Nun fails to win teaching job back after long battle
A NUN sacked from her primary school teaching post lost her four-year battle to get her job back yesterday.
Sr Maria O'Sullivan became extremely upset as she told Cork Circuit Civil Court she feared the manner of her removal from Bandon Presentation Primary School where she taught for 15 years would leave her "name being damaged".
The Presentation Order nun claimed she had effectively been made "a scapegoat" for problems at the Cork school.
Judge Sean O Donnabhain described the case as "very sad" and said he could understand how Sr Maria, a highly respected teacher, had been "very upset" by her treatment.
In September 2009, an Employment Appeals Tribunal had ordered the school to re-instate the nun after ruling her contract had been terminated without consultation.
The school yesterday successfully appealed against that order.
Judge O Donnabhain ruled that, because she was a member of the Presentation Order and had initially secured the Bandon teaching job on the nomination of her superior, she was effectively bound by the rules of her own religious congregation.
He pointed out that she did not secure her teaching position in the normal manner and did not face competition for the job from lay teachers.
"She was in a reserved, privileged position," he said.
Sr Maria, from Grange Way, Pinecroft, Douglas, Co Cork, was appointed to teach at the school in 1991 on the nomination of the Superior of the Presentation Order.
However, in 2006 she was suddenly informed that she was going to be moved -- a decision that she opposed.
Despite her appeal, she was still told she was being moved.
The previous February, she had written to the Bandon school's board of management, outlining a number of grievances that she had.
The court was told that a tribunal subsequently did not uphold those grievances.
In July 2006, Sr Maria said she met the Order's Sr Mary Hoare at what she described as a "dismissal meeting".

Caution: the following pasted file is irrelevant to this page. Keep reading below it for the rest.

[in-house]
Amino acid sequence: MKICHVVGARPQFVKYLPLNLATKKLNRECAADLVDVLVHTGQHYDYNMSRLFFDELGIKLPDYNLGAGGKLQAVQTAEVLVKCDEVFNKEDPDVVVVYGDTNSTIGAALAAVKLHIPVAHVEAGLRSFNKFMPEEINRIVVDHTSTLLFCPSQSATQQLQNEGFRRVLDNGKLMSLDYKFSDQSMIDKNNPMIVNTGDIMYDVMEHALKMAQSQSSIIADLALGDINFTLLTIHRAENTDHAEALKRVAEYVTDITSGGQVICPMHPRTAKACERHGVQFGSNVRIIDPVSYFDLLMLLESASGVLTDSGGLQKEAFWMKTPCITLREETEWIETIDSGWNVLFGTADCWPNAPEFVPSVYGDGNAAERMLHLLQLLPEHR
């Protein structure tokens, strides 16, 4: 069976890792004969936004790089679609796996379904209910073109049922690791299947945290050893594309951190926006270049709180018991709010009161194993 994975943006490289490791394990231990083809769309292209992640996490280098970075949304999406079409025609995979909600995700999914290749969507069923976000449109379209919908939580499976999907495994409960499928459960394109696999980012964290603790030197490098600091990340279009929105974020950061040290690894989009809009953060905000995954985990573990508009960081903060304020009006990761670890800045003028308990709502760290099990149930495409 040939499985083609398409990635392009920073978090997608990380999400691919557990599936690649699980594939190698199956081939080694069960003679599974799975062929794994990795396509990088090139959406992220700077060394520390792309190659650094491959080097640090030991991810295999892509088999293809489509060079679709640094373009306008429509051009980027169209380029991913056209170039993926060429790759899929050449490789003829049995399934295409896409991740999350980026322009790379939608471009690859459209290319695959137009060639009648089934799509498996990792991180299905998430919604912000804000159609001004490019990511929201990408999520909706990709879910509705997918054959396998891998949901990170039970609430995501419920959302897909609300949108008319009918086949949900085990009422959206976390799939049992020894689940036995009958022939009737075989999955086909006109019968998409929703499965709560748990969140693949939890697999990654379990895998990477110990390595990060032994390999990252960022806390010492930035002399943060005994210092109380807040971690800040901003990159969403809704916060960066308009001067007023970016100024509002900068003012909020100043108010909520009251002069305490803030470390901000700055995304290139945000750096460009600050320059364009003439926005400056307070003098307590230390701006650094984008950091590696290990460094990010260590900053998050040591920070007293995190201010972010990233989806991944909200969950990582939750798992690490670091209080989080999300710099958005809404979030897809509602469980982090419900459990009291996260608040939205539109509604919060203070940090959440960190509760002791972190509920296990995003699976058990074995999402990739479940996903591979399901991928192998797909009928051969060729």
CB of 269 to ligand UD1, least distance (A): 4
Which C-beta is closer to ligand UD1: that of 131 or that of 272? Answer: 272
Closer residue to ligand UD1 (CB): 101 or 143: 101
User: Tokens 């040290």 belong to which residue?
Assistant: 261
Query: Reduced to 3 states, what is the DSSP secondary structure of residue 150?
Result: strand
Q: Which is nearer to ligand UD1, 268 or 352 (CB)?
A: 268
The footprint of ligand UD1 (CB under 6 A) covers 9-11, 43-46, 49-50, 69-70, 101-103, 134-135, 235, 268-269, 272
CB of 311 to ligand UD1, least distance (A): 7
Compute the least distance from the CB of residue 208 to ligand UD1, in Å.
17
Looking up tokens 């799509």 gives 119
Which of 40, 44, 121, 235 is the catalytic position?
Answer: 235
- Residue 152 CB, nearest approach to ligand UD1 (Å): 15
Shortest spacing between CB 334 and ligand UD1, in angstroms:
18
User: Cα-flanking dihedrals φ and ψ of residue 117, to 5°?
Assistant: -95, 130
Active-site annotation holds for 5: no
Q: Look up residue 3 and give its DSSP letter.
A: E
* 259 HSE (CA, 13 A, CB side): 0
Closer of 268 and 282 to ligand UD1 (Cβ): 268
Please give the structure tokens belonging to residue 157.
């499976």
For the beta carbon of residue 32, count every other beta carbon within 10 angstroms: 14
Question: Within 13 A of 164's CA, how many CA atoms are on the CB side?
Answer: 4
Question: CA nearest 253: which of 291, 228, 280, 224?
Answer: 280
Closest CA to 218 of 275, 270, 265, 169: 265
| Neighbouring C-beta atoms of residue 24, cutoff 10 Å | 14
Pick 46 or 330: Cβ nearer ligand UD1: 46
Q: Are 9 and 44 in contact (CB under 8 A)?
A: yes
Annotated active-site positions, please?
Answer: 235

"She wanted me to take a career break. The reason she gave me was that she believed the board of management of the school was going to dismiss me because I did not attend a medical they had set up," she said.
Sr Maria said she believed she was being treated very unfairly after all her years of dedicated service at the school.
"I felt I was being made a scapegoat for the trouble in the school. I felt it was an injustice to me as a person. I was a very good teacher and I felt my good name was at stake," she added.
In August 2006, she was told not to return to the school.
Bandon Primary School wrote to Sr Maria thanking her for her contribution -- a letter which she took to be a dismissal note. The school denied this.
The school argued that, once the Presentation Order notified it they were withdrawing Sr Maria's teaching nomination, they could not retain her on their teaching staff.
Sr Maria claimed that when she met officials about her position, they told her she was no longer part of the school body.
"(One official) laughed in my face. She said: 'You have no teaching job in this school.' I was shocked," Sr Maria added.
The court heard that she continues to teach and remains a member of the Presentation Order.